Charlie is excited as they approach the Littleton public library nestled beneath the verdant shadows of towering oaks. It’s where he used to borrow that book of Emily Dickinson poetry he’d read to Sally Jean on the glider in the evenings after dinner.

Grasping Sally Jean’s elbow, Charlie starts across Main Street towards Caulfield Avenue, which will take them back to their front porch and that motionless swing. Without explanation Sally Jean veers directly into the path of an oncoming mail truck.

Charlie yells for her to stop. She doesn’t. Panicking, he starts after her, hoping to reach her before that truck does. The blaring horn of a car coming at him from the opposite direction spins Charlie around. A siren wails. In that confused moment, he stands in the middle of the road frozen by fear.

Two arms encircle Charlie and steady him against the buffeting blasts as the mail truck swerves west and that car speeds east. Though unscathed, Charlie struggles to see if Sally Jean has also made it to safety.

“Charlie,” a voice says. “You all right?”

Still concerned about Sally Jean, Charlie nods while scanning the street.

“Come on. Let’s get you to the sidewalk.” Once there, Ted Ryker checks Charlie for injuries. Finding none, he says, “You really should be careful.” Ted lifts a mobile phone to his ear. After ending the call, Ted tells Charlie he’ll wait with him.

Dazed, Charlie asks, “Is Sally Jean all right?”

“She’s safe,” Ted smiles as he eases Charlie onto the bench in front of what used to be the Grand Prairie Savings and Loan. “Let’s wait here.”

Before long, a car skids to a stop at the curb. Ted waves the driver over.

“Dad,” the man shouts. “What were you thinking?”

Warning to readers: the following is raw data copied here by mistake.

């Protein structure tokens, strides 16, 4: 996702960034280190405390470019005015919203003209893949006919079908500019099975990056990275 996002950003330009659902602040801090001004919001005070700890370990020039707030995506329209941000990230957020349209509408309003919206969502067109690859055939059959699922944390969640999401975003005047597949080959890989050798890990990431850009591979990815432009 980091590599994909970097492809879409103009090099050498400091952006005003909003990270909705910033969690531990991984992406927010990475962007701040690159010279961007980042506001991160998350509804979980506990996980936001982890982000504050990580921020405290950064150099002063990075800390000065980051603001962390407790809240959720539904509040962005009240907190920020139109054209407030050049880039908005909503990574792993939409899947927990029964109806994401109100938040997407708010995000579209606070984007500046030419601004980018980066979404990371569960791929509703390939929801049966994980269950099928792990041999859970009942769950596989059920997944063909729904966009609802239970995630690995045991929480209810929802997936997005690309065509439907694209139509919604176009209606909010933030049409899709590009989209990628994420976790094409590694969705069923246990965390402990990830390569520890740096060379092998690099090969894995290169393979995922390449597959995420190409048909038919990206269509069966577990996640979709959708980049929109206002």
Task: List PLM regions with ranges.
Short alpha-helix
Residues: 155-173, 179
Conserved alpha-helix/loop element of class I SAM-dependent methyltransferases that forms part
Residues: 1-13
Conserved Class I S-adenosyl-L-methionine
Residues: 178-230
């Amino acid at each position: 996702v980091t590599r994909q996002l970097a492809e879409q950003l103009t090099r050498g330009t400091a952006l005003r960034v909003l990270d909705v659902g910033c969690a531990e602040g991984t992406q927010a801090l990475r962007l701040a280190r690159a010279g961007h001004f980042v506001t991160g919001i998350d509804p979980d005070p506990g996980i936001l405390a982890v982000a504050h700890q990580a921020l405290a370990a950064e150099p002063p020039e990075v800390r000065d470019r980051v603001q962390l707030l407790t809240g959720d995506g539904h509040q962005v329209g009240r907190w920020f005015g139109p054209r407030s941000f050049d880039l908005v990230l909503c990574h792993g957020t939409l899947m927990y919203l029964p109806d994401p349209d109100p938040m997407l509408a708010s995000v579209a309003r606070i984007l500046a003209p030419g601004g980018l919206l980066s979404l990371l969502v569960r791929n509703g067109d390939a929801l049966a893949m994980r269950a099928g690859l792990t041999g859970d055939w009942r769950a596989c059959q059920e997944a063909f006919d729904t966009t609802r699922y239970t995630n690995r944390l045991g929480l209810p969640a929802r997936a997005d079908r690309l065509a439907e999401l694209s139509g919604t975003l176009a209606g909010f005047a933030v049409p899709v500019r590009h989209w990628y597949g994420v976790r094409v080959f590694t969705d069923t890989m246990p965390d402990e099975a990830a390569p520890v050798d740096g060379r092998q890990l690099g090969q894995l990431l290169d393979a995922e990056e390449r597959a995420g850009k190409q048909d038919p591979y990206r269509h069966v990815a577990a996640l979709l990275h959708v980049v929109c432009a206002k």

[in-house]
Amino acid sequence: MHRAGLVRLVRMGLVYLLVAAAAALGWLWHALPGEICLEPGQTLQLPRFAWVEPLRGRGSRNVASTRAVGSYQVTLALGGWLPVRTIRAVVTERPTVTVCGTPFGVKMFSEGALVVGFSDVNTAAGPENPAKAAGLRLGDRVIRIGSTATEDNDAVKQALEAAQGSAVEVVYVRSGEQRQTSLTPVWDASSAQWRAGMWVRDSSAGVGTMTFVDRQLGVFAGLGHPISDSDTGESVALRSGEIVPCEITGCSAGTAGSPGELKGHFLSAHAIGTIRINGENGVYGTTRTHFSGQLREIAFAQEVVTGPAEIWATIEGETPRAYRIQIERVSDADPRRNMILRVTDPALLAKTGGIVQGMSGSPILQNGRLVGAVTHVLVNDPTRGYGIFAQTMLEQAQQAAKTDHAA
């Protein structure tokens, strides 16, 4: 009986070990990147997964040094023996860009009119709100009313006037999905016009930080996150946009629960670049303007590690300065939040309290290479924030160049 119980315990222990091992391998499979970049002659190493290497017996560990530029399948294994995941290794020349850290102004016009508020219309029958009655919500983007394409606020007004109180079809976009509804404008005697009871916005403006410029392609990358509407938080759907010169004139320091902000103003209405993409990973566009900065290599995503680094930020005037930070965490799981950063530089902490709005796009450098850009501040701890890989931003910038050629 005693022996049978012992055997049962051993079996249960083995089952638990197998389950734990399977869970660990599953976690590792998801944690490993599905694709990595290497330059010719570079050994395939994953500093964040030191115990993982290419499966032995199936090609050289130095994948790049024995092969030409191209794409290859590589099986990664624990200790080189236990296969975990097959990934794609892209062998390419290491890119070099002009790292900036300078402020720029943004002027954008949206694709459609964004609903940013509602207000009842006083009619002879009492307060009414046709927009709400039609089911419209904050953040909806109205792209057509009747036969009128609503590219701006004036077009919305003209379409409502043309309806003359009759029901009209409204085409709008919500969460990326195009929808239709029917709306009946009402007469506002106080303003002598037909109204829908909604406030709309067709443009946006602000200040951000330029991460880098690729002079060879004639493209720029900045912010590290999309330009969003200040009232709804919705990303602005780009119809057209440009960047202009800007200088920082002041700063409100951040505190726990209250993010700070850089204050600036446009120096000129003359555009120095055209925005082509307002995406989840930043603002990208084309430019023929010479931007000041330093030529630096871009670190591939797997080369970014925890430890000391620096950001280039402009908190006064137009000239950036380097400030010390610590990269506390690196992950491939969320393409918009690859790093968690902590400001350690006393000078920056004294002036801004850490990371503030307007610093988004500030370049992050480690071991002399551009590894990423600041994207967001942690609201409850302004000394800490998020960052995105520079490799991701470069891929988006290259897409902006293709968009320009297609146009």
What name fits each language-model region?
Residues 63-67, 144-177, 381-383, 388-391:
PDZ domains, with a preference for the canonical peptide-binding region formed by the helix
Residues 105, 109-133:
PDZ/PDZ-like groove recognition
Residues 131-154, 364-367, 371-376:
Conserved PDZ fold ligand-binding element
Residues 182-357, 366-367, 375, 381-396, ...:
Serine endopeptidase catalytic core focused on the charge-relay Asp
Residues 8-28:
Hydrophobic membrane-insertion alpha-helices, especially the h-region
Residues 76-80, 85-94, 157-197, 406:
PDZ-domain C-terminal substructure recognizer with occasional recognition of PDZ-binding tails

“Your mother wanted to go for a walk.”

“He’s okay,” Ted tells Charlie’s son Roger.

“Thanks, Ted. I’ll get him home.”

Agitated, Charlie bristles, “What about your mother?”

“She’ll be fine,” Roger says while ushering Charlie to the car. With his father seated and belted, Roger turns to Ted who’s now leaning against his police cruiser. “I don’t know how he got out again. Thank you.”

“Had the same problem with my mom. Ended up putting deadbolts on all the doors.”

The two men say goodbye. Roger then pulls away. Turning to Charlie, Roger says, “Dad, this needs to stop.”

“Your mother just wanted to take a walk. What’s wrong with that?”

Recalling Doc Levenson’s advice about de-escalation techniques to use with dementia patients, Roger switches the car radio to the classical station that soothes Charlie. Then, choosing his words carefully, Roger says, “Nothing’s wrong. But, next time tell me so I can go with you.”

Charlie stares blankly out the car window at a town he once knew and mutters, “Okay.” The rearview mirror reflects an empty back seat as father and son again head home – alone.

About the Author: Michael Anthony is a writer and artist living in New Jersey. He has published fiction, poetry, illustrations, and photographs in literary journals and commercial magazines. Most recently these include Drunk Monkeys, Bodega Magazine, Pigeon Review, The Coil Magazine, Dove Tales, Raw Lit, and On-The-High Literary Journal. His work may be viewed at: